For all the physical books they have reprinted so far, they have been able to respect the original presentation without any trade-offs. I think a PDF release was just the natural choice for B/X. In terms of presentation, the Rules Cyclopedia seems like it would be easier to manage. I'm hoping we do see a premium reprint of that at some point, despite the fact that the interior art is pretty bland.

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  6. There is no fear. The B/X books are not only available in PDF form on DriveThru/RPGNow/DnDClassics, but they are also selling very well and are featured products.

    If anything WotC has not reprinted them because they are simply not on their internal radar.

    Also what Brendan says. The books are nice, but what makes B/X so attractive? The boxes. And that is expensive to do.

    There could even be internal issues of B/X vs. BECMI boxes. Which one to do? There has to be diminished returns on these after a bit.

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  7. Fear of a B/X Planet, heh heh...

    That's all I got. j/k ;-)

    In all seriousness, you'd think WotC would release a reprint of B/X early in their new "reprint craze" push, simply because it was/is so popular. In that way, the could ride on the coat-tails of B/X reprints, because (my theory goes) B/X being what it is, it would get more sales than the other versions. Thus, reprints of other editions might get the cash of those who got the B/X reprint. I'm not sure if that makes sense or if anyone agrees with all that I just wrote...

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  8. I expect they'll reprint the Rules Cyclopedia. I'd prefer Moldvay/Cook B/X but Mentzer was even better selling, I think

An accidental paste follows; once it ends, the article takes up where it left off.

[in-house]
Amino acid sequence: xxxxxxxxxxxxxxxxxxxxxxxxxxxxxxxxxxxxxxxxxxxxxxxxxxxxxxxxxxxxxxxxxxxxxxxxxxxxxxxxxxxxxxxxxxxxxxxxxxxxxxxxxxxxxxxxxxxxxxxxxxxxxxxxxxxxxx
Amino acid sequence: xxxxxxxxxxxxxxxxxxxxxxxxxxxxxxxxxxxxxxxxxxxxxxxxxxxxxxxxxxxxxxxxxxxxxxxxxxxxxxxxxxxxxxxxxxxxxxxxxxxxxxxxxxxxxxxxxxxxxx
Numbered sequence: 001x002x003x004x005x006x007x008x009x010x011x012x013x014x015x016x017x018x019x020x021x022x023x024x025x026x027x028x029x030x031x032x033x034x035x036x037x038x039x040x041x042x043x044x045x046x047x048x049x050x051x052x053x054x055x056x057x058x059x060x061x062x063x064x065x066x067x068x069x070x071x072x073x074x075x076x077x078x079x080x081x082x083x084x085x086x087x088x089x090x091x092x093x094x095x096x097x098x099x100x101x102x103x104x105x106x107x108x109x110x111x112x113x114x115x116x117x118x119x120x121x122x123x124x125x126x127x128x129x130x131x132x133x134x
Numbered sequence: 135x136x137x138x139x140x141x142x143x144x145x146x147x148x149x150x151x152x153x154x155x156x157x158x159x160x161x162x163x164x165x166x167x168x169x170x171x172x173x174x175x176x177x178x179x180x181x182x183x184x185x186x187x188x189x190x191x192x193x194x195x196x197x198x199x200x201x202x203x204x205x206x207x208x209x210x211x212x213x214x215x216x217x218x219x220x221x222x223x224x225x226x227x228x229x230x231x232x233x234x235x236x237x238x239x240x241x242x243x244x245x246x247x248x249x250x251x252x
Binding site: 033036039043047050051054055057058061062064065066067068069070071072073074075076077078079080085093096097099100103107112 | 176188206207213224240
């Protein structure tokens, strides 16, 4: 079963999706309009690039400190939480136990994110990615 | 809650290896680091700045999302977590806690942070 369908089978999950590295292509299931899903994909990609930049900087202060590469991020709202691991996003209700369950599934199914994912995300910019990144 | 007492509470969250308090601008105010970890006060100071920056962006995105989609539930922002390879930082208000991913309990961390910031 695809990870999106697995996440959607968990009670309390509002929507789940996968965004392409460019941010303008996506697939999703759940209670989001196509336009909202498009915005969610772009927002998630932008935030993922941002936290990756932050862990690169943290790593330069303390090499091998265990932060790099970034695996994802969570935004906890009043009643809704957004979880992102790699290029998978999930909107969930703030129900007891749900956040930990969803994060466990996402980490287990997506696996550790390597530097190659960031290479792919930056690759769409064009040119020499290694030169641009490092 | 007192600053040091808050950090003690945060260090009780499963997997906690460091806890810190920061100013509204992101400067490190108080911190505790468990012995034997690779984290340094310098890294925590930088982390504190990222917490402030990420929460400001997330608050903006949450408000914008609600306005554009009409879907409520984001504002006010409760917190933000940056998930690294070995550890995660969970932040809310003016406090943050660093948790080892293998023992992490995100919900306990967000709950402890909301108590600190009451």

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    1. I really hope they do reprint the RC. I would buy that up, especially if they leave the art alone. HEAR THAT WOTC?? WE WANTS FRESH COPIES OF THE RULES CYCLOPEDIA!!! They're waaaay too expensive these days.

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  9. My theory as to why OD&D before B/X? Swords & Wizardry is OD&D redone. Sword's & Wizardry just released a complete version via Frog God Games. The complete version is basically everything in the OD&D re-print box. Labyrinth Lord is B/X redone. Labyrinth Lord is put out by Goblinoid Games. the OSR recognizes both of these publishers. Pathfinder players (possibly the bigger cash cow) recognize Frog God and are familiar with Swords & Wizardry as many of the modules released by FGG are released on both S&W and PF. There are quite a few PF players who have already invested in S&W. I would say it is a grab to get these players attention away from Paizo and back to WotC.

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  10. Less conspiratorially, I think they just may be pacing out their premium reprints. They haven't got but so much oil in the well, after all.

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  11. I really hope that the basic 5E rules are nice and lean and hackable. Another hope of mine, which I doubt will come to fruition, would be a fully integrated edition of B/X. I started working on one myself, but man, what a pain in the ass! But really, with the PDFs now available, it's a trivial matter to print up some copies of B/X and bring them to the print shop to get them coil-bound.

    On a side note, I always thought BECMI was the most widely played and sold version. Anecdotally, amongst the random gamers I encounter out in the real world, AD&D seems by far to be the most popular.

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  12. Roger is right, I think. With still a year (and more) between now and the presumed release date of 5e, it seems quite likely that they're just pacing out their offerings of classic reprints.

    Given, also, that the Basic line is the most difficult to pin down (in terms of "which version do we print? B/X? BECMI (CMI notwithstanding), RC?") it could very well be that the Basic line is the most difficult to print, as well (at least compared to their more ubiquitous Advanced counterparts and their predecessor).